Midsommar Review

10 Jul

Hereditary was a great film with stellar performances, an effective onslaught of dread, and an interesting exploration of grief through horror. It also concluded with an obnoxious, pseudo intellectual final 10 minutes that would’ve nearly ruined the whole thing if everything before it wasn’t so good. I’m afraid to report that Ari Aster, certainly buoyed by the blank check A24 gave him, embraced those last 10 minutes and produced from its ashes a maddening, 140 minute slog of a film – one that will surely be praised as some sort of profound achievement due to the A24 label slapped on it.

For everything that works, there are ten things that don’t. Most detrimental to the film is the central relationship. In case you don’t get it, the first five minutes make it very, very, very clear – the relationship is falling apart! Alert the press! Pugh (aka Hollywood’s Next Big Star) and Reynor are both talented and give it their all, with the former bringing in much better results. However, the film has nothing more to say aside from what those first five minutes spell out. The characters and dynamics are so thinly sketched that it’s hard to care about anything that happens to them – it’s honestly painful watching the actors try to make something out of nothing. Also, when your film purports to deal with grief and death in a meaningful way, you need to do better than occasional gore and sophomoric thesis statements or it will be called out for the dismissive, exploitative bullshit it is.

It’s also all just too long and too dull. It’s predictable and repetitive, without much actual intrigue behind the surface level rituals. It feels like half the runtime consists of characters literally wandering around in a field looking for plot. The cult members honestly aren’t even that creepy, they’re boring most of the time. And what is even remotely compelling about, say, the thread about two guys trying to write their theses? I’ve seen better cinema on a webcam. Threads and characters drop like flies, characters frequently make idiotic decisions, and scenes that serve no purpose other than to shock are sprinkled throughout – all with blatant disregard for effective pacing. The horrid pacing robs the film of any momentum and sustained comedic effectiveness, the latter of which is perhaps the one thing it has going for it at the start. So what are you left with? A final act that bloviates and pounds its chest like it’s the second, third, and fourth coming of Jesus Christ, sure to be lapped up by a crowd that will lambast you for “not getting it” – it’s okay, though. Even though this was a complete waste of time, at least you can rest easy at night knowing the horror genre is now saved.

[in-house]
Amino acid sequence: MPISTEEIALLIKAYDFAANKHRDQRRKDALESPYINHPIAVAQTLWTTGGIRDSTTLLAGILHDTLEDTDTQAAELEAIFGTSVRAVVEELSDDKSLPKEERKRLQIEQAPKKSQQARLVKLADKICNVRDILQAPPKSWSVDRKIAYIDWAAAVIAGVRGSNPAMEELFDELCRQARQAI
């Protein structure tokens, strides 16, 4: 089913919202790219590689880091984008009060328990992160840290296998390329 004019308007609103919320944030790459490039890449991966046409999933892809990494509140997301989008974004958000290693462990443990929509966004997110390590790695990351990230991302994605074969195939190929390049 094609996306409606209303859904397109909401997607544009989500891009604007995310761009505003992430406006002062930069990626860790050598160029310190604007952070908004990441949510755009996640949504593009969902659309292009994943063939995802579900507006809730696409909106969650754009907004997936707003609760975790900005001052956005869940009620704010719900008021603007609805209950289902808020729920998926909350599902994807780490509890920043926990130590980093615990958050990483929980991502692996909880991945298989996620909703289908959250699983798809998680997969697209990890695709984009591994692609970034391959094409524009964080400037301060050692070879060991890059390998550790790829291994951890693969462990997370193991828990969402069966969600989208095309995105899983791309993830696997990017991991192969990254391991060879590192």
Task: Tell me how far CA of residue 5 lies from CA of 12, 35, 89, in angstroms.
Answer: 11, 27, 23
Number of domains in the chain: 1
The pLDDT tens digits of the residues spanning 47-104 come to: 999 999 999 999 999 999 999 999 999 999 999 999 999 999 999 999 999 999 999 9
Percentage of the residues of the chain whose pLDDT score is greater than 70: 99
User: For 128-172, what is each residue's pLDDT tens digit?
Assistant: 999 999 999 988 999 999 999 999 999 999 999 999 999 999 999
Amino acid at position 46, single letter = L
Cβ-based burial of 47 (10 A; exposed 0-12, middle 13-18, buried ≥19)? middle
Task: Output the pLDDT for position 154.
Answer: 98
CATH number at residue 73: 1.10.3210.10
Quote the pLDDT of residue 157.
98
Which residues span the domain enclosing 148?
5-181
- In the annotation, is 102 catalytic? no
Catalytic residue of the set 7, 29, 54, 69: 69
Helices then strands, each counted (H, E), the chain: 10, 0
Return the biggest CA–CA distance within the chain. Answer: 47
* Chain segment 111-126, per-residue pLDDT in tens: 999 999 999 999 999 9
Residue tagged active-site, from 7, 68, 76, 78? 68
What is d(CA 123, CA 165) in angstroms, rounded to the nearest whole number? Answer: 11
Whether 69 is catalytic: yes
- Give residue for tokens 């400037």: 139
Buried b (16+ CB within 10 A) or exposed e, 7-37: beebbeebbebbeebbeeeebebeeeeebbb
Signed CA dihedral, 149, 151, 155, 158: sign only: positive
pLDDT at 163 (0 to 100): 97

3 Responses to “Midsommar Review”

  1. Paul. Writer and Filmmaker July 11, 2019 at 12:03 am #

    Great review and I agree with everything you say here. I guess you have to admire Aster for trying to do something so well researched and ambitious of concept; even if the film is an over-bloated version of the far superior Wicker Man (1973). It’s a shame he didn’t have an editor (at script and post-production stage) brave enough to tell him to cut a quarter of the film out for pace and stupidity. I also wondered too about the two characters arguing about their thesis – who really cared?

    I also agree with your summation of Hereditary which threw Toni Collette’s fine character journey under the narrative bus for some shock and symbolic weirdness.

  2. Ricardo July 11, 2019 at 5:13 pm #

    how are the final 10 minutes of Hereditary pseudo-intellectual? i have quite enjoyed both of aster’s offerings. while there’s certainly passages in midsommar that i would dare label as “pretentious”, or plain unnecessary, i admire what he’s doing not just with horror, but film in general.

  3. Keith July 12, 2019 at 10:46 am #

    I’m glad I’m not alone in thinking this movie underwhelms. I rated it about the same as you. For me it started wonderfully and though nosedived during the last act. Really frustrating experience.

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